This also assisted in conveying of messages and new information to people in the entire state. All this promoted the growth and expansion of the sexual revolution in Ireland. One of the sexual liberation practices that came to being as a result of media was the pill which was used by women as a means of birth control. This enabled women to have access to easy and reliable means of preventing fusion of gametes during and after performing a sexual activity.
This promoted the sexual revolution because most women and girls in the teenage stage engaged in sexual activity. This is because they were sure of failing to get pregnant after any sexual activity. This increased immoral practices both with married and unmarried people in Ireland. Another practice that evolved was obstetrics which was a medical specialty meant to care for women during the prenatal period, bearing of the child and also during the postnatal period.
This led to a reduction in death and an increment in life expectancy for women in Ireland. In turn, this increased the rate at which women could perform sexual activities hence promoting the sexual revolution period. All this caused the evolution and spread of the sexual revolution in Ireland (Godbeer, p. 45).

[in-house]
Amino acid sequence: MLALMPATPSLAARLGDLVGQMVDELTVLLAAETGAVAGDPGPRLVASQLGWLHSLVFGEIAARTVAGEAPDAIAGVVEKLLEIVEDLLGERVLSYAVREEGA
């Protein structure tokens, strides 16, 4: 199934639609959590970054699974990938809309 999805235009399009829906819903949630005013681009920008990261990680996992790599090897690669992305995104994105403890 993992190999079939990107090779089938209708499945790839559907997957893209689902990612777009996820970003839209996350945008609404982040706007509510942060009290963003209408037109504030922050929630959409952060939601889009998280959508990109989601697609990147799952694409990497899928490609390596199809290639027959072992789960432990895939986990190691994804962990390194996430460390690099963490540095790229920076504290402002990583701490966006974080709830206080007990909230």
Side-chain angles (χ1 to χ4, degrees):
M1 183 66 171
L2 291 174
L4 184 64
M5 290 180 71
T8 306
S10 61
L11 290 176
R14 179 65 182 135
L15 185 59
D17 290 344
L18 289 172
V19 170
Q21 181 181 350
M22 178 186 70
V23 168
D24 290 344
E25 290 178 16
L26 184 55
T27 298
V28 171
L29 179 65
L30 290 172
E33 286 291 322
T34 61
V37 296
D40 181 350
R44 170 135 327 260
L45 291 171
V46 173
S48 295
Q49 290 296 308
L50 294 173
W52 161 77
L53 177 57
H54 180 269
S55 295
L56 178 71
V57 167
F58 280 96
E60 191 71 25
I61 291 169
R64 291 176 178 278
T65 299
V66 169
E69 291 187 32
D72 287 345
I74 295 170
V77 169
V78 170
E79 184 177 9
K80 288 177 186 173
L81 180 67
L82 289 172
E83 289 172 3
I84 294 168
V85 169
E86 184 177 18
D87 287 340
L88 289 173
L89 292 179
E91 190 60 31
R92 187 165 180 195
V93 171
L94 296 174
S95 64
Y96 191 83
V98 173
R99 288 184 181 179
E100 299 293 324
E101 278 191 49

Causes of rapid spread of the sexual revolution
Sexual revolution emerged due to a number of factors which were contributed by the people who lived in Ireland. First, the advancement of science and technology was one of the major causes of the spread of the sexual revolution as it led to manufacturing of better methods of birth control pills.
This led to increased knowledge of design and production of condoms that were used by young teenagers to control premarital pregnancies. In turn, this encouraged sexual activities in the entire state. Secondly, improved medication, healthcare, expansion of the pharmaceutical industry was also a major contribution as it led to discovery and perfection of the pill as a birth control method. This increased the sexual activities among the teens since taking pills enabled them avoid pregnancy.
Thirdly, increased sexual revolution was caused by increased literacy in the world. World wide literacy made people in Ireland discover new ideas pertaining sexual activity. This led to increased spread of sexual practices in the state. Fourth, failure to observe religious norms and rules was a major cause of the spread of the sexual revolution in Ireland. People neglected biblical teachings and abandoned all the biblical laws and notions.
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This made them embark on utilizing the modernized western culture which in turn led to the rapid spread of the sexual liberation. The emerging of the free love culture where people were taught on the power of love and the beauty of sexual acts as part of the student life in school caused continued spread of sexuality in Ireland (Godbeer, p.160)
Overall Impact of the sexual revolution in Ireland